Darby and Erin Yule had worked too long and hard at building their presence in music to give up when their first band expired.
“We’ve heard a lot that it’s impossible to make a career out of something artistic and creative. The joke we made was, we were going to become rock ‘n’ roll statistics, so that’s what we decided to call ourselves,” said Erin.
They had been the driving force behind teen band Lost Cause 34 (2005-2012) but when other members faded into various shades of life, the brothers couldn’t let that stop them. They had developed too much as players of their instruments, developed too many relationships in the rock world, picked up too much momentum at such young ages. They are the sons of musicians / school teachers so they grew up in a house full of garage rehearsals and kitchen parties, and dinner table conversations always drawing their attention to the structural details of songs. It was almost a matter of inevitability that they would be crafting their own ditties, jamming in studios and booking their own gigs before they’d finished junior high.
Maybe it was because it was aggressive, young and simple that they gravitated to punk sounds. There was plenty of it around. They had Blink 182, Jimmy Eat World, Billy Talent and Reel Big Fish to look up to, back then. They also lived in a city at the crossroads of a lot of styles, cultures and geography. Prince George frequently hosted shows by alternative greats like Bif Naked, Gob, Big Sugar and other notable heavies of the day. The Yule boys also had local guitarist/vocalist Dave Rosin in town just before he struck big as a member of Hedley. Their table was set for feasting on alterna-rock music.
“One difference between us and a lot of our peers was, we were really paying attention to what we were listening too,” said Darby. “When Green Day dropped an unexpected guitar solo into East Jesus Nowhere instead of a chorus, it blew our minds. I know that’s a little detail, but it was a lightbulb moment for us as songwriters. This message suddenly got through to us about how seriously we had to take this, these clashy pop-punk bands were schooled musicians and really knew how to compose, and if we were going to be part of that world, we had to step up the quality of our work. We weren’t just out there to make noise with guitars and beat on the drums - each song had to be crafted.”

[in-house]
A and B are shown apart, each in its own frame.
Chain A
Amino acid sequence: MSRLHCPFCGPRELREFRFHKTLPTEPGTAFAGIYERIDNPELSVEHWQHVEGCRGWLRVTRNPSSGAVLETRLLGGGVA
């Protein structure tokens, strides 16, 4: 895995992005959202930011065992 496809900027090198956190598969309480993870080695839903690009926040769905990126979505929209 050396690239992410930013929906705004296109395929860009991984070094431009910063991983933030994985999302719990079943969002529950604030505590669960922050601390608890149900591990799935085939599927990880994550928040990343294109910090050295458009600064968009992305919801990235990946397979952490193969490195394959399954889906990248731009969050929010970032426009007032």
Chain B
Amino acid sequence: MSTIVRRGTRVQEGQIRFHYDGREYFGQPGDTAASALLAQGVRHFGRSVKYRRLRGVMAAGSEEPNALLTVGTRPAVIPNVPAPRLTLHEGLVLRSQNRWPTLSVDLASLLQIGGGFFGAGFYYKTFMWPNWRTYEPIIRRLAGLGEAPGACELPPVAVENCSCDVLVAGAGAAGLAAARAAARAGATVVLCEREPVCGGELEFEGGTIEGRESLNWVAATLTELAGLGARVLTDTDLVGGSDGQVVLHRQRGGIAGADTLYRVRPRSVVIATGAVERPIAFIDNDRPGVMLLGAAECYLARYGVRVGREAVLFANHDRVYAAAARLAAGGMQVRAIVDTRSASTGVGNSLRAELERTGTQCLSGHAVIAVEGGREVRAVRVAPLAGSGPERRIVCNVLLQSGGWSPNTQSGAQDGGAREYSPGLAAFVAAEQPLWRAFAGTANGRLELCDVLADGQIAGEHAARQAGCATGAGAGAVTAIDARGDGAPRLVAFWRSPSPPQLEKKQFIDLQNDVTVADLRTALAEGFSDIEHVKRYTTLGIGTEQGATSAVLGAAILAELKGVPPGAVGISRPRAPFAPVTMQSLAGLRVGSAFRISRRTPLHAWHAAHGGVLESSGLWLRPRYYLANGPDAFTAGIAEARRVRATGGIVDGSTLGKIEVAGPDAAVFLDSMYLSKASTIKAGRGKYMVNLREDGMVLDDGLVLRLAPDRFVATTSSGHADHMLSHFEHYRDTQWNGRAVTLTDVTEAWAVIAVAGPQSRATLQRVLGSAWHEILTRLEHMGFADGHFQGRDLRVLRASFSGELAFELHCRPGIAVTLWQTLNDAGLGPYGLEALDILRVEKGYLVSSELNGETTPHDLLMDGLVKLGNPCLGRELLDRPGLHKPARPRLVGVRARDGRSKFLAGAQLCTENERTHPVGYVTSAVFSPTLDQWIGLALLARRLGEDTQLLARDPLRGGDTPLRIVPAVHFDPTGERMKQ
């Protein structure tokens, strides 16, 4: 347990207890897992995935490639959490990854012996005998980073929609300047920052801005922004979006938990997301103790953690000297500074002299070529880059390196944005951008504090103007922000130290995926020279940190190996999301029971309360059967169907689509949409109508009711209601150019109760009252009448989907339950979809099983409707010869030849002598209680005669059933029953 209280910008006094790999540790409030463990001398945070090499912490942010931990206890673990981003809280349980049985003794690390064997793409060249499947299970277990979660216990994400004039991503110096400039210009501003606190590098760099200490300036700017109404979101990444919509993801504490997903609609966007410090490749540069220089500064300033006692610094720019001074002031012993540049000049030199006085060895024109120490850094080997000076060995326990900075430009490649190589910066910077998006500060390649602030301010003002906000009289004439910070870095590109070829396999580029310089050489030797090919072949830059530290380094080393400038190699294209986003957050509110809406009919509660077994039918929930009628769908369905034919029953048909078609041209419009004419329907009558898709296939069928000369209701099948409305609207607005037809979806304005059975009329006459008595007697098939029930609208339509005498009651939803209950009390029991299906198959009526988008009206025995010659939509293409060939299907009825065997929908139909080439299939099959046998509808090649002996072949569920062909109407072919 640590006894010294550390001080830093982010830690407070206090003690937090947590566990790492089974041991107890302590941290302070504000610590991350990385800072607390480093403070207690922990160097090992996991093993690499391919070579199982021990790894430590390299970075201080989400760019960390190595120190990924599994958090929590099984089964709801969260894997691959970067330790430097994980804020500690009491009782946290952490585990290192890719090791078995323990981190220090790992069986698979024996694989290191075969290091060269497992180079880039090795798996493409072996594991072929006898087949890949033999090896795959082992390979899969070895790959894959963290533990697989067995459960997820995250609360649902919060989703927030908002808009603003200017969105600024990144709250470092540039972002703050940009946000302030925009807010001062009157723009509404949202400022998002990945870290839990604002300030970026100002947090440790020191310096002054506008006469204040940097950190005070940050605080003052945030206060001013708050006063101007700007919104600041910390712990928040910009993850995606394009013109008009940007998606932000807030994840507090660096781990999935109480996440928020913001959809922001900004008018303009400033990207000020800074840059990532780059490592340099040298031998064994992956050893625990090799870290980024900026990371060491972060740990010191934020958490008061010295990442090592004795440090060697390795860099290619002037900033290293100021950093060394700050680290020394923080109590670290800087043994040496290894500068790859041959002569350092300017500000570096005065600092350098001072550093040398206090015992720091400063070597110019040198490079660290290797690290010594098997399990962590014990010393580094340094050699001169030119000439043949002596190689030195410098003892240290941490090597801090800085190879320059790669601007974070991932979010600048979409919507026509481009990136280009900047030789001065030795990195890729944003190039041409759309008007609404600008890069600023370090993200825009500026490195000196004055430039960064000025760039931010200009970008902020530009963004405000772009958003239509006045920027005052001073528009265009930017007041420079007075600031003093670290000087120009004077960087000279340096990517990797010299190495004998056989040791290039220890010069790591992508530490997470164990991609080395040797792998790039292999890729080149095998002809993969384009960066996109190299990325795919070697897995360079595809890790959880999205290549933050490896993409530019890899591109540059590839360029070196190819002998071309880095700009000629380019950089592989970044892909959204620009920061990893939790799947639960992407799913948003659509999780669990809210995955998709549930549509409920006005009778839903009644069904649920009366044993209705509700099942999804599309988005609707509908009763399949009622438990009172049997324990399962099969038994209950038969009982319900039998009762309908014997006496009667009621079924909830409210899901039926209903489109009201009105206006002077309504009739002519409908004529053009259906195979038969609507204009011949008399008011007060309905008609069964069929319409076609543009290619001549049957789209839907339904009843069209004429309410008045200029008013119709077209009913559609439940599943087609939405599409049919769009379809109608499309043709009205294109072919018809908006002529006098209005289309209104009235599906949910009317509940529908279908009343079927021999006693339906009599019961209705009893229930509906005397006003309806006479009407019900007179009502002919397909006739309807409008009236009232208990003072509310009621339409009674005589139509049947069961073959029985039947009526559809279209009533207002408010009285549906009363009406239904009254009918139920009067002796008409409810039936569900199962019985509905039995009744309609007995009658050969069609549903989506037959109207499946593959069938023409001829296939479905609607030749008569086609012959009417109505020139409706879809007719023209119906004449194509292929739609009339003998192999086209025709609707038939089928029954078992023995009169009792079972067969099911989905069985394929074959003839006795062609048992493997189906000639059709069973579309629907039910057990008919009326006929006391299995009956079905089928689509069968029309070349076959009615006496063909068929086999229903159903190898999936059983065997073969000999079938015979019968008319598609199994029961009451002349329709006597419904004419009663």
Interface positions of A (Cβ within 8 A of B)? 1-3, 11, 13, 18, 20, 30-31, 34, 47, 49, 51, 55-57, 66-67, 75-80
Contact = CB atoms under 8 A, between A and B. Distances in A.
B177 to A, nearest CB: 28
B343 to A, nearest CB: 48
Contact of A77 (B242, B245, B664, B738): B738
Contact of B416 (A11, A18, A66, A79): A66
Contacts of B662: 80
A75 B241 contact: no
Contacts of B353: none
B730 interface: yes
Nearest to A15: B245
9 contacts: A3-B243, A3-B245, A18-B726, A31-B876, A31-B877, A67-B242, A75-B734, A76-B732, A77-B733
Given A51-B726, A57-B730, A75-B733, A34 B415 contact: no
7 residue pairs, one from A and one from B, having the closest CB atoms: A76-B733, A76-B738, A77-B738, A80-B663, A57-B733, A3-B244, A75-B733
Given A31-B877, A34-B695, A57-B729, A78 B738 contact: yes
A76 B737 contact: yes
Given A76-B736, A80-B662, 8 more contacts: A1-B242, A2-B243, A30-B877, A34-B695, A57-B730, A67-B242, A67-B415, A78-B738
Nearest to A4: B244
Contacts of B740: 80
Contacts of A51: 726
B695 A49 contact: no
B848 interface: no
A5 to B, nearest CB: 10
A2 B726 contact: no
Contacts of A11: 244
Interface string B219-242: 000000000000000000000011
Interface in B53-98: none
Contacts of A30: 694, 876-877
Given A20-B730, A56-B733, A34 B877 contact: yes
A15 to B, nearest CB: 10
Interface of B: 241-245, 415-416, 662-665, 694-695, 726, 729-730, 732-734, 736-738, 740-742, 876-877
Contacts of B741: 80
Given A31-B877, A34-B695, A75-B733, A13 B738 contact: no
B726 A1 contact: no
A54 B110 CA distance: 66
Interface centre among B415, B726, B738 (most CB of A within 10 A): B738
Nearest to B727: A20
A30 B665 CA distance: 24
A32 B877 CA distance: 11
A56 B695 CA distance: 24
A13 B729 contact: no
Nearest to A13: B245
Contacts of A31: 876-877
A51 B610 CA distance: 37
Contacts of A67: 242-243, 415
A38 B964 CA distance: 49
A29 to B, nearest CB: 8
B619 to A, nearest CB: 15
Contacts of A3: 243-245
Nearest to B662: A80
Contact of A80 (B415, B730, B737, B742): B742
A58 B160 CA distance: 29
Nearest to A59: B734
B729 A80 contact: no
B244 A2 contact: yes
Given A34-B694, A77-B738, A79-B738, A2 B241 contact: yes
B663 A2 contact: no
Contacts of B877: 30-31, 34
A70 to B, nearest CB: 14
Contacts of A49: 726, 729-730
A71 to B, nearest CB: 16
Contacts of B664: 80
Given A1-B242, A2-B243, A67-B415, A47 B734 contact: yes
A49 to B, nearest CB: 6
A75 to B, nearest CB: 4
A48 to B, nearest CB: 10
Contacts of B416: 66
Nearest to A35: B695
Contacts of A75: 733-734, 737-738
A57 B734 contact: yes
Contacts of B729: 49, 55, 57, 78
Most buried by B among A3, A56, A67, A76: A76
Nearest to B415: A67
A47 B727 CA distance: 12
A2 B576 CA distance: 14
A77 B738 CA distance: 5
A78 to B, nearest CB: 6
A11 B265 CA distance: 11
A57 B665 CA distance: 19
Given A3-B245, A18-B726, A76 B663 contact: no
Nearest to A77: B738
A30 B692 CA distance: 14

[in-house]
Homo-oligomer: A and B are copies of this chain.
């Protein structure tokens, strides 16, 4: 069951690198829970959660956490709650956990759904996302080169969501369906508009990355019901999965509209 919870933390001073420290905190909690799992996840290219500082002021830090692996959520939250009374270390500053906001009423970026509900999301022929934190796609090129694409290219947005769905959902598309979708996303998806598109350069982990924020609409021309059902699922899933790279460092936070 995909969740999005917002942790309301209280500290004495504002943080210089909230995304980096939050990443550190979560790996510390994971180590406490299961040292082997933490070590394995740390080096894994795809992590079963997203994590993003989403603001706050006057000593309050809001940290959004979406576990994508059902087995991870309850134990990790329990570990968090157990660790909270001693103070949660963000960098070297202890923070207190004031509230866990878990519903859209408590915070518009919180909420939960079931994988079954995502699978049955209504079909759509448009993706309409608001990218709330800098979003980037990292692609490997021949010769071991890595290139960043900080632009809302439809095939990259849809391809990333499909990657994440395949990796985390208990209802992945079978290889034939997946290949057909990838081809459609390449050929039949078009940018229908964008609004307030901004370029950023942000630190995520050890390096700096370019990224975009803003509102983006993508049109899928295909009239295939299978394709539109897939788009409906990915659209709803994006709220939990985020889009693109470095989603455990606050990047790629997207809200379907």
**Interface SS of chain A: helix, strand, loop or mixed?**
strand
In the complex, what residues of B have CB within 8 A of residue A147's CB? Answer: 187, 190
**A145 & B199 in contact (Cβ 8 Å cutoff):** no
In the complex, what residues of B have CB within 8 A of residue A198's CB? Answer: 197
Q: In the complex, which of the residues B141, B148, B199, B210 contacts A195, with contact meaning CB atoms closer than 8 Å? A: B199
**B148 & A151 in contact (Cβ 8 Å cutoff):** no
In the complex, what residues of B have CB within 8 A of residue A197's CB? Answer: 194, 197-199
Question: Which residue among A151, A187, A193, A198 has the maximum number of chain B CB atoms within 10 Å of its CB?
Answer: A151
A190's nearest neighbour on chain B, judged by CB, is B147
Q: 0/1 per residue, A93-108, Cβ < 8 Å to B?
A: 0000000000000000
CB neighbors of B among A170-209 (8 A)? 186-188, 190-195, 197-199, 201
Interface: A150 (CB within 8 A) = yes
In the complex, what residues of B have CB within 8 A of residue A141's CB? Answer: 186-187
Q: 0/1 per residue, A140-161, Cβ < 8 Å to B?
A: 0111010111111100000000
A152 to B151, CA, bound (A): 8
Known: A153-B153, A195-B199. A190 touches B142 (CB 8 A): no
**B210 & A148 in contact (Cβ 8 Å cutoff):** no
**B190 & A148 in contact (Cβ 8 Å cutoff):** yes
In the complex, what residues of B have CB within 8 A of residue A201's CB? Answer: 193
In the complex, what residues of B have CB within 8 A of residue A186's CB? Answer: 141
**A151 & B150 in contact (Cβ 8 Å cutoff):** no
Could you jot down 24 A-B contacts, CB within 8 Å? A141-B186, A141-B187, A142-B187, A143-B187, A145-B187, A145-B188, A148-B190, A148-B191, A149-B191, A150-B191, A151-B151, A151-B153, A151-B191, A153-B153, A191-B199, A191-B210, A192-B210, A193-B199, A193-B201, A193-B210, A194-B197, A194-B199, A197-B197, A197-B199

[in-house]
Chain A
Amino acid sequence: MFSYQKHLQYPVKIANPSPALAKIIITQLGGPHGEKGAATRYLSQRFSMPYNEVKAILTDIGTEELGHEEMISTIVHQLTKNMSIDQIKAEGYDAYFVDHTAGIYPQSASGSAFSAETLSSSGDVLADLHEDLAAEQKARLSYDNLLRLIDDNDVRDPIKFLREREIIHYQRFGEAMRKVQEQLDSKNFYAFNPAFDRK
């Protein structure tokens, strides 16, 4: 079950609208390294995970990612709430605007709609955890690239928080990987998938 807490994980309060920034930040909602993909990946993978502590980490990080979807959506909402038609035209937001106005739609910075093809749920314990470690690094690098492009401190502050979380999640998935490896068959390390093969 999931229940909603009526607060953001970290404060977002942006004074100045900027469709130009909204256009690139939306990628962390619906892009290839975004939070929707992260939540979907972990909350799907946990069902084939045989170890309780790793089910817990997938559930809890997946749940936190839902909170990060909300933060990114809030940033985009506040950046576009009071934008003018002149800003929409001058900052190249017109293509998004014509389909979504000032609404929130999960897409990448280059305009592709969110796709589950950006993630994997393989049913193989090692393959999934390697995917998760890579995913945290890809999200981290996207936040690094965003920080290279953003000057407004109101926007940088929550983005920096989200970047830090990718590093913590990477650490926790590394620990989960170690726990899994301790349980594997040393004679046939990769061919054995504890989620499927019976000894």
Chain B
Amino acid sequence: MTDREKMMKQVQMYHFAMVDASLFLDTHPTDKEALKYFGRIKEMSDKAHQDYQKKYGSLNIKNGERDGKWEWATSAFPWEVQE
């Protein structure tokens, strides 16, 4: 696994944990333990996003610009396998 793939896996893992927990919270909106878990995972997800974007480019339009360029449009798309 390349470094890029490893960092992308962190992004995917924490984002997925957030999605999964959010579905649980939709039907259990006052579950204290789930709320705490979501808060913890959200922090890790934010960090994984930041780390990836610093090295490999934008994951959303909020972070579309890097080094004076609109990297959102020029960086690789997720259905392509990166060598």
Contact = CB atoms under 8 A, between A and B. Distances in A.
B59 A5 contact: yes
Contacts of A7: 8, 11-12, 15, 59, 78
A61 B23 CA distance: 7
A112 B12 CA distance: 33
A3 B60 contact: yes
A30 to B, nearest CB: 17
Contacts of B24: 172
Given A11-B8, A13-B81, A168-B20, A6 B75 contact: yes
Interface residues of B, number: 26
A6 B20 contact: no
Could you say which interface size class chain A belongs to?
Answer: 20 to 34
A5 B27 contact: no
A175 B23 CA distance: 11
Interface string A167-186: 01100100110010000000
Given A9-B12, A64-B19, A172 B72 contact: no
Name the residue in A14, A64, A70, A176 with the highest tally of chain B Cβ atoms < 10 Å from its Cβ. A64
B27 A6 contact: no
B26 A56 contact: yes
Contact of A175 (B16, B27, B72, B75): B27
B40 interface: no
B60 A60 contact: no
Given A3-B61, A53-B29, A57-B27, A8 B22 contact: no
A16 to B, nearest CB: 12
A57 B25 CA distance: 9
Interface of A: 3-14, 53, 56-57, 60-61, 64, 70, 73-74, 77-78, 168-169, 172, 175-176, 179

With that epiphany and the experience they’d built (the Lost Cause 34 album, several gigs and earned-media coverage), The Statistics started to calculate a path forward out of their teenage years.
The sums have been impressive. First they released the album The Boy Who Would Be King in 2012 to kick things off. That got Erin and Darby some live shows, web attention, and media coverage – all of it positive about their new life as The Statistics.
Also, it confirmed they were on a solid path in the direction they wanted to go as a duo (they bring in other musicians as the songs see fit). It pointed them towards a hometown university show with Malcolm In the Middle lead actor Frankie Muniz’s band Kingsfoil, then a slot on the Crankworx (big-air bike showcase) stage in Whistler with Bend Sinister, and their first regional tour alongside Yukon prog-rockers Speed Control. They picked up gigs at coveted out-of-town nightspots like The Cellar and The Railway Club.
The success was based on the popular album, but came to life on the stage. Sensing a concert audience starting to build, they released Do You Bleed Like I Do?, a semi-acoustic live album. That propelled them from 2013 into a timeframe of periodic performances, a brief residency in Vancouver to deepen their base, and all the while writing new material.
That new stuff wasn’t going to be wasted on a half-baked production effort, Darby and Erin decided. They pooled their band funds and booked FaderMountain Sound (formerly the famed Little Mountain Sound music house) co-owned by super-producers GGGarth Richardson and Paul Boechler, among others.
The Statistics called in Boechler himself (Yukon Blonde, Raised By Wolves, etc.) to sit at the controls.
They wanted to keep their jangly punk edge, but slip comfortably into some Brit-pop threads and build a bed of analogue warmth around it all. The result is Haunts, a six-song EP that punches well above its weight.
“The reason we went to all this effort and expense is because music matters so much to us,” said Erin. “We could just keep it all in the basement and have our fun, but the whole point of music is sharing it with other people, and if you’re going to invite people to listen, you’d better give them your very best.”
“I can’t describe what it feels like when someone comes up and tells us they like a certain part of a song,” said Darby. “I must look like a weirdo, because I just melt. We are so grateful to get that feedback. For us, those are the triumphant moments and the reasons we try so hard for people.”
For more information like photos, sound samples, T-shirts, and all the band’s statistics:
or The Statistics Musician/Band on Facebook.
DARBY YULE: Guitars and Lead Vocals (but other musical touches, too). Influenced by Muddy Waters and Buddy Holly at one end of his spectrum, Dave Hause and Coldplay at the other.
ERIN YULE: Drums and Keyboards (other musical tasks as needed). Influenced by John Bonham most prominently, Steve Gadd, and Gaslight Anthem. He plays SJC Drums exclusively.